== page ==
Dr. Wolfram von Fritsch: “Made in Germany” – Trade fairs catalyse the global economy

German trade fairs generate growth. Ex­­perts estimate the overall economic pro­­duction effect at approximately 23.5 billion euros – almost the equivalent of the 2011 budget of the Federal Ministry of Trans­port, Building and Urban Development. Through the organisation of events alone, trade fairs secure approximately 226,000 jobs. All that is made possible thanks to Germany’s leading role on the global trade fair market.

Every year brings up to ten million visit­­ors to the 150 international fairs in our country, where upwards of 160,000 exhi­b­­­­itors introduce their latest products and technologies. Germany is the world’s number-one trade fair country. Two thirds of the most important international fairs are held here. The offering encompasses all industries – from traditional German strong points such as automotive and mechanical engineering to IT and tele­com­munication to books and art. With 20 per cent of international visitors – and even 30 per cent when it comes to professional visitors from abroad – the global structure of the German fair market is a prominent feature and also an important success factor.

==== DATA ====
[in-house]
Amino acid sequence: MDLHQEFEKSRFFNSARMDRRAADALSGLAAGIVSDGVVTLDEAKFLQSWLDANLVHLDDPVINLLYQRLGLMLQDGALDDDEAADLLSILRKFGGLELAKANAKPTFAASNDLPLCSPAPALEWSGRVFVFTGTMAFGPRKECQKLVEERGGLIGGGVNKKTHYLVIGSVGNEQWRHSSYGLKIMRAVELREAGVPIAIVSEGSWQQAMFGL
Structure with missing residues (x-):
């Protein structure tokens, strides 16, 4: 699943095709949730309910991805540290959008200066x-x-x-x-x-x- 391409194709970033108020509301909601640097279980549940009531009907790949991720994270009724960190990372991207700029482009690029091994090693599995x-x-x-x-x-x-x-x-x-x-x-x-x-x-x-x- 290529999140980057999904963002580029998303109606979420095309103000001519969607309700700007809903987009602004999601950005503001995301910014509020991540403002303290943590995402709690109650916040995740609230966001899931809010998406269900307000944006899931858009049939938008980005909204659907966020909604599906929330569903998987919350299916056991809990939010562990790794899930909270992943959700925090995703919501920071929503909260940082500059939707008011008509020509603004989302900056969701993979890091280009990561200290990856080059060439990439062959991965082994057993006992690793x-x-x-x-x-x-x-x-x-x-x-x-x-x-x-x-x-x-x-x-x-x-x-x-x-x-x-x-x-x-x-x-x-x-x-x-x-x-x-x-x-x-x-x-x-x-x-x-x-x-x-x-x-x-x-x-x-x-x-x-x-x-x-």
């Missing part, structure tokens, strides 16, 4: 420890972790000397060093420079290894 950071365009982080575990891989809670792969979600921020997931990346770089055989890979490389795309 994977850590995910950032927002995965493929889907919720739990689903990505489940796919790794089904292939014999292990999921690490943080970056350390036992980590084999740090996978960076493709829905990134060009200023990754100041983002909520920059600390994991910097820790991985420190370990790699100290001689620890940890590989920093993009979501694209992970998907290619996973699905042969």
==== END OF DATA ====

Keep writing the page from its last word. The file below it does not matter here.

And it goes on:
The business-to-business sector utilises more than 10,000 conventions and conferences as communication platforms, which are attended by about 2.5 million people. The numerous regional specialist and consumer trade shows totalling a national exhibition area of 2.75 million square metres represent a valuable addition. Trade fairs bundle innovation power, drive ideas forward, and actively participate in shaping the global trends of the future – three prominent facts that will continue to secure Germany’s role as the worldwide leading trade fair location in the future.

However, it is communication that is the engine of success: the interconnection between exhibitors, visitors and fair orga­n­­­­isers is unique here and allows for event concepts that are right on the pulse of the time. For, fairs nowadays must be much more than just exhibitions offering product comparisons. That is an offer al­­ready largely provided by the World Wide Web. It is especially the personal contacts between organisers, exhibitors and visit­­ors that make a fair successful and turn it into a trend baro­meter for the industry.